On 18 June 2002, the Icelandic factory vessel Gudrun Gisladottir grounded at Nappstraumen in Lofoten. The vessel sank and is now lying at a depth of around 40 meters. There appears to be no danger of the wreck moving due to the sea conditions.
There were no leaks from the vessel and no oil was observed in the sea. The vessel contained about 367 cubic metric of marine diesel, 10 cubic metric of lubricants, and hydraulic oil. The cargo consisted of 870 cubic metric of frozen herring fillets. The fillets were packed in plastic and laid in cardboard boxes that weighed about 23 kg fully packed.
Both the shipowner and the Norwegian Coastal Administration attempt to raise the vessel. The attempt failed and Work on raising Gudrun Gisladottir lasted from the moment of the and on 28 May 2004 it was decided that the vessel would not be raised. It was therefore decided to unload the vessel for oil products. Given this, as much of the oil on board as possible was emptied out of Gudrun Gisladottir on 5 July 2004.
Russian nuclear power plant without fuel to be transported along the Norwegian coastline
The transport of the Russian floating nuclear power plant "Akademik Lomonosov" started Friday the 27th of April from St. Petersburg heading to Murmansk. The nuclear power plant will not have nuclear fuel on board during transport, but the Norwegian Coastal Administration and the Norwegian Radiation Protection Agency will nevertheless follow the transport closely along the Norwegian coast.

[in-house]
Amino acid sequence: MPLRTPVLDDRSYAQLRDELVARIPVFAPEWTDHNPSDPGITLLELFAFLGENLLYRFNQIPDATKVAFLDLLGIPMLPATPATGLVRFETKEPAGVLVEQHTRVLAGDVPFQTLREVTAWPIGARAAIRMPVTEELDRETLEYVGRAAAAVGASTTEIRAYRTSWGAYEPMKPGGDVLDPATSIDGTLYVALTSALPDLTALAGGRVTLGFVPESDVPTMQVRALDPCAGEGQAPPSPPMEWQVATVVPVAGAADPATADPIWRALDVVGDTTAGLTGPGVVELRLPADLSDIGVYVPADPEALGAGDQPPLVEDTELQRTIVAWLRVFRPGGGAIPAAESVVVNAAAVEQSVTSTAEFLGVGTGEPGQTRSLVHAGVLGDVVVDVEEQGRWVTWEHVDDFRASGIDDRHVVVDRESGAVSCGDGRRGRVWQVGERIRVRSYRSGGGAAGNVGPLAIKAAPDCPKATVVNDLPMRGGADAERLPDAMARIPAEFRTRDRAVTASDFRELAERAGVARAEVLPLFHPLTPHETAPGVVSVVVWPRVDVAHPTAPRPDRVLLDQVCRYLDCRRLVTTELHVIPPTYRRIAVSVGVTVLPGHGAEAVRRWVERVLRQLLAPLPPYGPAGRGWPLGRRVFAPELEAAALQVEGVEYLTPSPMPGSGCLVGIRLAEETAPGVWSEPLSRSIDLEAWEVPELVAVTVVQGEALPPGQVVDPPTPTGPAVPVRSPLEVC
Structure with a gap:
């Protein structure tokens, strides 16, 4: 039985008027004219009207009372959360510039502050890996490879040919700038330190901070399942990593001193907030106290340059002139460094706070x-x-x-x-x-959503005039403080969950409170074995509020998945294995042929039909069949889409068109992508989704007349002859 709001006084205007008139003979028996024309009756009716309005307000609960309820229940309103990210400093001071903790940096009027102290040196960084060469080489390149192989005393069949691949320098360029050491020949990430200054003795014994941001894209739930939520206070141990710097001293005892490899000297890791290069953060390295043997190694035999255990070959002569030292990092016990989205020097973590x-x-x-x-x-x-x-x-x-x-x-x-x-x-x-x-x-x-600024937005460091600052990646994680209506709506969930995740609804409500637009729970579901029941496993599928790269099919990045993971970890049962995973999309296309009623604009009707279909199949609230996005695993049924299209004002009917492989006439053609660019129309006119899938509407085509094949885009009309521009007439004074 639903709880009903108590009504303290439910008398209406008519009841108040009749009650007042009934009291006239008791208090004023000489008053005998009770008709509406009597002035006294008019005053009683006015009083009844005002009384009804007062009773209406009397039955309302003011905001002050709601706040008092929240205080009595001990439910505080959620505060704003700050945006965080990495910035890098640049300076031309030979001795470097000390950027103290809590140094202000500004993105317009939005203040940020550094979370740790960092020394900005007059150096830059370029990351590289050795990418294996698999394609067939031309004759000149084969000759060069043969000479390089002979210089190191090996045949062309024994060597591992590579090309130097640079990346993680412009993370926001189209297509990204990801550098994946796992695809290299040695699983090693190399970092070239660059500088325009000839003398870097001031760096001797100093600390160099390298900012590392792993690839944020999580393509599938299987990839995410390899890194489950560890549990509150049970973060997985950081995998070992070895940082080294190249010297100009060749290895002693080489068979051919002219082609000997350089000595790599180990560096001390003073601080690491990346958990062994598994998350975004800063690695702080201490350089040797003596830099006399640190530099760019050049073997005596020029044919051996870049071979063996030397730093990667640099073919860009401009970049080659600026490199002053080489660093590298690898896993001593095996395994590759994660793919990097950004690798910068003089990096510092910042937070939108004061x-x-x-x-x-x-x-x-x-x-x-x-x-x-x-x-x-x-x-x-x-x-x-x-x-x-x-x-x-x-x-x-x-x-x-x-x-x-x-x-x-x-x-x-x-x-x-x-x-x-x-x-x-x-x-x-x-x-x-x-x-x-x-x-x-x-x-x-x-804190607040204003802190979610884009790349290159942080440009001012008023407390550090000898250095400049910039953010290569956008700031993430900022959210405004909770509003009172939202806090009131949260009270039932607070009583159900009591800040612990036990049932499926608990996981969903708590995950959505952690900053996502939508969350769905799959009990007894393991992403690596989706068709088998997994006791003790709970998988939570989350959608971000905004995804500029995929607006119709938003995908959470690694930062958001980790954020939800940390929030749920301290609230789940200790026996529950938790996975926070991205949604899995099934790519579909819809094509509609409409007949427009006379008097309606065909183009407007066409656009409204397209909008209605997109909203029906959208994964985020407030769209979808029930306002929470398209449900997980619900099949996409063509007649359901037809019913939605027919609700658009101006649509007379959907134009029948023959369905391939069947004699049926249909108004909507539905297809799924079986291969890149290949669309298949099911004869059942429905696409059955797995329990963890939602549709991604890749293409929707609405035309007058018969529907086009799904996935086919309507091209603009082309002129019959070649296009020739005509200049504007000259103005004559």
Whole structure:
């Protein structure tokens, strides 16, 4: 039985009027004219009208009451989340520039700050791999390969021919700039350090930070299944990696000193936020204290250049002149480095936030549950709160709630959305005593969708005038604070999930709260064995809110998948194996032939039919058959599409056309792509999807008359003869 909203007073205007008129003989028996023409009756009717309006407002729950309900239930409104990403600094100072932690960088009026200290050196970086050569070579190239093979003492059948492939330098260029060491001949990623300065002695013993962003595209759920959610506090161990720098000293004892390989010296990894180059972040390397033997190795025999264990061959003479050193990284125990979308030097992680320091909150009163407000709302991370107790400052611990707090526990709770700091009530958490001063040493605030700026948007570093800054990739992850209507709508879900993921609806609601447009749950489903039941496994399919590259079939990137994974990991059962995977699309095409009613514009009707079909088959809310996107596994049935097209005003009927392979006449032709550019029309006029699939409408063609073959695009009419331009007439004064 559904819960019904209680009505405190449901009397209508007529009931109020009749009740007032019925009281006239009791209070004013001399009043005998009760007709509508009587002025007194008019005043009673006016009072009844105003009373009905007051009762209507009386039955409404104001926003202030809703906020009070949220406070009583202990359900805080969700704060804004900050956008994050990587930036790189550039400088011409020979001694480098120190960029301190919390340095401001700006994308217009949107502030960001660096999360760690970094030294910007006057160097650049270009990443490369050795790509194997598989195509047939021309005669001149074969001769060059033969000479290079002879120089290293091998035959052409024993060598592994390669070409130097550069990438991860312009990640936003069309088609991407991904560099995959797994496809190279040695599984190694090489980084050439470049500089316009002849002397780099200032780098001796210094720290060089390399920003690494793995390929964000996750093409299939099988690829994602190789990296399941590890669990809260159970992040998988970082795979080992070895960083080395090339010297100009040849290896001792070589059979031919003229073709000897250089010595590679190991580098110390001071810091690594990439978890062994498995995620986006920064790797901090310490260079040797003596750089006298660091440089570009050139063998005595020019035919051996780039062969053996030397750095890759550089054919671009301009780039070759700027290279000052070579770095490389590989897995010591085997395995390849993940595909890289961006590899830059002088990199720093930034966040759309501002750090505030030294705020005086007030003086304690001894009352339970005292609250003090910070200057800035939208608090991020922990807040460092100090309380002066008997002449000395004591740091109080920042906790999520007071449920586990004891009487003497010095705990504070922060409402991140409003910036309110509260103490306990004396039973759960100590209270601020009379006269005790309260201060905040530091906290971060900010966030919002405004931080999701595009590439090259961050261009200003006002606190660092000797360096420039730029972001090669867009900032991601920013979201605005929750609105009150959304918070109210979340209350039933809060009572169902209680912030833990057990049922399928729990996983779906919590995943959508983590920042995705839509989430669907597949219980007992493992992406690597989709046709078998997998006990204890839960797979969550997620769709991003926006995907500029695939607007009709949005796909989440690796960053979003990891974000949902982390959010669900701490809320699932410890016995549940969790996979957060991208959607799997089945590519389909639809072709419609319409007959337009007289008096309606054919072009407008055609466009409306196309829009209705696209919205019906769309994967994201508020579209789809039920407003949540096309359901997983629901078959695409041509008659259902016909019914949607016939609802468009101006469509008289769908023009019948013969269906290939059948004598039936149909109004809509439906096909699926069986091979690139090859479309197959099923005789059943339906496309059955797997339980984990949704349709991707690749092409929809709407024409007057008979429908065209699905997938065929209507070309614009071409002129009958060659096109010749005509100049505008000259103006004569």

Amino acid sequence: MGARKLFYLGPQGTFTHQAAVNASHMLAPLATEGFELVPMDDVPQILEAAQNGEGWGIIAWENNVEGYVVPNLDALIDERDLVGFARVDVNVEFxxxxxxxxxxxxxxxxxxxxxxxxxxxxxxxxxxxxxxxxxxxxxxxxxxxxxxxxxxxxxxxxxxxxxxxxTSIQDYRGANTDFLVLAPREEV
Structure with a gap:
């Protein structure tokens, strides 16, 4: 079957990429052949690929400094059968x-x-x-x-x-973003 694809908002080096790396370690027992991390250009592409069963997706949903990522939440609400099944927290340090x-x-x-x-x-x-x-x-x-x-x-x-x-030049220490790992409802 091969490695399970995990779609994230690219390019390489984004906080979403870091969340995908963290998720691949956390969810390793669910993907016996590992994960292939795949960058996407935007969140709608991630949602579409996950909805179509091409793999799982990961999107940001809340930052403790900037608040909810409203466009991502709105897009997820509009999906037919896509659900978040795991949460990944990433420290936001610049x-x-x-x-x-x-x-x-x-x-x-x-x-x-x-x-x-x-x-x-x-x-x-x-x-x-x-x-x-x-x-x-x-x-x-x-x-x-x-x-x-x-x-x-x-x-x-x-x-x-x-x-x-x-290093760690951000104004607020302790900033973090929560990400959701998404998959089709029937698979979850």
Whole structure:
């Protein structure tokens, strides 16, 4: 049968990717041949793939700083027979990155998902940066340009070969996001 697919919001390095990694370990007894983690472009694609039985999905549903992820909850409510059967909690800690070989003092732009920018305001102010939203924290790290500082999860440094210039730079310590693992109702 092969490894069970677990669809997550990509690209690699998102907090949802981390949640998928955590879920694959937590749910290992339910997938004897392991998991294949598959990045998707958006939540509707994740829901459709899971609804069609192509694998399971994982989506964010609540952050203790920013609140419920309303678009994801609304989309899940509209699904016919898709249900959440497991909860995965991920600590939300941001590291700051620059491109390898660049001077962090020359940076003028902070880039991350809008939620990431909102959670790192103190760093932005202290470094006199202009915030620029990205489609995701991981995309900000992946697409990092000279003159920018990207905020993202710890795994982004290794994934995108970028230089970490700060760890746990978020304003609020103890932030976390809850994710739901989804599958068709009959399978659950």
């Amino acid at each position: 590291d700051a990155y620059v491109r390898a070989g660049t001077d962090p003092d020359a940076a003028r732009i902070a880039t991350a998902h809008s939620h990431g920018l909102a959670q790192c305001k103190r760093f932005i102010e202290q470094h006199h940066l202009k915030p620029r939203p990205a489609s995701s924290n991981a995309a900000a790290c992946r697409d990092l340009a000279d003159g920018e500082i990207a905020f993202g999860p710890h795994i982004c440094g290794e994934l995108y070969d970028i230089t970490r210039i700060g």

Introducing New Regulations for Pilot Bookings
On April 3, 2018, the Norwegian Coastal Administration (NCA) will introduce new booking regulations for requesting marine pilots. The regulations will thus be formalized and merged into one set ‒ Regulations on Compulsory Pilotage.
See Current Conditions in Saltstraumen live on Web Camera
The NCA has established a web camera that transmits live images from Saltstraumen – one of the strongest maelstroms in the world. Live video transmission is an additional service to the automated current forecast, established in September 2017.
Fees for 2018: Reduction in Safety Fees and moderate increase in Pilotage Fee
The fees for 2018 set by the Ministry of Transport and Communications, are noticeably lower than 2017. For 2018, safety fees are reduced by 8.5 per cent on average and the pilot readiness fee is increased by 1.9 per cent on average.
Automated control of vessels using Pilot Exemption Certificates
In November, the Norwegian Coastal Administration introduced a digital tool that improves and automates the process of uncovering compulsory pilotage violations. Monitoring compulsory pilotage, including the Pilot Exemption Certificate (PEC) scheme, helps ensure a high degree of safety along the coast.
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